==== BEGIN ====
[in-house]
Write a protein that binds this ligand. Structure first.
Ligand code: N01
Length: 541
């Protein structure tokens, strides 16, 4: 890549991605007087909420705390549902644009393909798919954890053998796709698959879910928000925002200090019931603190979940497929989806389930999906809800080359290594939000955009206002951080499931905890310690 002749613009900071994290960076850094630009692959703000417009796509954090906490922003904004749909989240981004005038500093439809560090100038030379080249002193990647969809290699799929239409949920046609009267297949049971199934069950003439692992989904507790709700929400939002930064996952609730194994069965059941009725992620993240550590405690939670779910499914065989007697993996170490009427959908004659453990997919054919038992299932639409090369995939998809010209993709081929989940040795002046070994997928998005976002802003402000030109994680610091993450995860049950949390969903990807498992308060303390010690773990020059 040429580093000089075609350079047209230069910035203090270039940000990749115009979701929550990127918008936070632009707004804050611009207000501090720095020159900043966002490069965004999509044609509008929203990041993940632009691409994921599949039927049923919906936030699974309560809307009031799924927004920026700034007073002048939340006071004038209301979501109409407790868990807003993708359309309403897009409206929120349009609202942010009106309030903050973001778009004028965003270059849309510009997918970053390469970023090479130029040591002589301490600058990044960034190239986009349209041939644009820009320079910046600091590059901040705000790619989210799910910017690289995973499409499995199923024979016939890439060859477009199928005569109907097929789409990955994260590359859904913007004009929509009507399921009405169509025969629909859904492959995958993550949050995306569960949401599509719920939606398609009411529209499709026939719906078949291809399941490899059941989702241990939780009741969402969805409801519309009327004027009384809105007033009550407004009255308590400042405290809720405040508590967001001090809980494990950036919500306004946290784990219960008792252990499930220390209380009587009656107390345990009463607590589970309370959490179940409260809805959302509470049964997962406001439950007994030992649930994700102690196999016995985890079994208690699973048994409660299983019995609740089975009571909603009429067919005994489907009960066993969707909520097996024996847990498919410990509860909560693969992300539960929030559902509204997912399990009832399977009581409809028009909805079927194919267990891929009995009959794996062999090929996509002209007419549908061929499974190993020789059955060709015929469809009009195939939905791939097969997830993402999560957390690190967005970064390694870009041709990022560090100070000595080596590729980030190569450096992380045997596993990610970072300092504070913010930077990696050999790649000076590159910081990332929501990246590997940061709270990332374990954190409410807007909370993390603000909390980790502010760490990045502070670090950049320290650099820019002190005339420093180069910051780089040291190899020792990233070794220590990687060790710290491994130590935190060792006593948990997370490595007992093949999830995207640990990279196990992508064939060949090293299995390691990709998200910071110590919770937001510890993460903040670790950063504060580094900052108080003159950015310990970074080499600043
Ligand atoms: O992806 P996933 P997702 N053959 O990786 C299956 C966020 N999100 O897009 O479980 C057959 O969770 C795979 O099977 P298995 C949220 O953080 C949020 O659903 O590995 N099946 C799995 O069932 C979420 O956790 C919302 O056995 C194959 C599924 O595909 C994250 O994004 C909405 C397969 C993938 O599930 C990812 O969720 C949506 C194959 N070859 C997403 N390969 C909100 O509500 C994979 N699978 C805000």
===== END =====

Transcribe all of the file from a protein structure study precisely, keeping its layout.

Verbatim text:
[in-house]
Write a protein that binds this ligand. Structure first.
Ligand code: N01
Length: 541
């Protein structure tokens, strides 16, 4: 890549991605007087909420705390549902644009393909798919954890053998796709698959879910928000925002200090019931603190979940497929989806389930999906809800080359290594939000955009206002951080499931905890310690 002749613009900071994290960076850094630009692959703000417009796509954090906490922003904004749909989240981004005038500093439809560090100038030379080249002193990647969809290699799929239409949920046609009267297949049971199934069950003439692992989904507790709700929400939002930064996952609730194994069965059941009725992620993240550590405690939670779910499914065989007697993996170490009427959908004659453990997919054919038992299932639409090369995939998809010209993709081929989940040795002046070994997928998005976002802003402000030109994680610091993450995860049950949390969903990807498992308060303390010690773990020059 040429580093000089075609350079047209230069910035203090270039940000990749115009979701929550990127918008936070632009707004804050611009207000501090720095020159900043966002490069965004999509044609509008929203990041993940632009691409994921599949039927049923919906936030699974309560809307009031799924927004920026700034007073002048939340006071004038209301979501109409407790868990807003993708359309309403897009409206929120349009609202942010009106309030903050973001778009004028965003270059849309510009997918970053390469970023090479130029040591002589301490600058990044960034190239986009349209041939644009820009320079910046600091590059901040705000790619989210799910910017690289995973499409499995199923024979016939890439060859477009199928005569109907097929789409990955994260590359859904913007004009929509009507399921009405169509025969629909859904492959995958993550949050995306569960949401599509719920939606398609009411529209499709026939719906078949291809399941490899059941989702241990939780009741969402969805409801519309009327004027009384809105007033009550407004009255308590400042405290809720405040508590967001001090809980494990950036919500306004946290784990219960008792252990499930220390209380009587009656107390345990009463607590589970309370959490179940409260809805959302509470049964997962406001439950007994030992649930994700102690196999016995985890079994208690699973048994409660299983019995609740089975009571909603009429067919005994489907009960066993969707909520097996024996847990498919410990509860909560693969992300539960929030559902509204997912399990009832399977009581409809028009909805079927194919267990891929009995009959794996062999090929996509002209007419549908061929499974190993020789059955060709015929469809009009195939939905791939097969997830993402999560957390690190967005970064390694870009041709990022560090100070000595080596590729980030190569450096992380045997596993990610970072300092504070913010930077990696050999790649000076590159910081990332929501990246590997940061709270990332374990954190409410807007909370993390603000909390980790502010760490990045502070670090950049320290650099820019002190005339420093180069910051780089040291190899020792990233070794220590990687060790710290491994130590935190060792006593948990997370490595007992093949999830995207640990990279196990992508064939060949090293299995390691990709998200910071110590919770937001510890993460903040670790950063504060580094900052108080003159950015310990970074080499600043
Ligand atoms: O992806 P996933 P997702 N053959 O990786 C299956 C966020 N999100 O897009 O479980 C057959 O969770 C795979 O099977 P298995 C949220 O953080 C949020 O659903 O590995 N099946 C799995 O069932 C979420 O956790 C919302 O056995 C194959 C599924 O595909 C994250 O994004 C909405 C397969 C993938 O599930 C990812 O969720 C949506 C194959 N070859 C997403 N390969 C909100 O509500 C994979 N699978 C805000």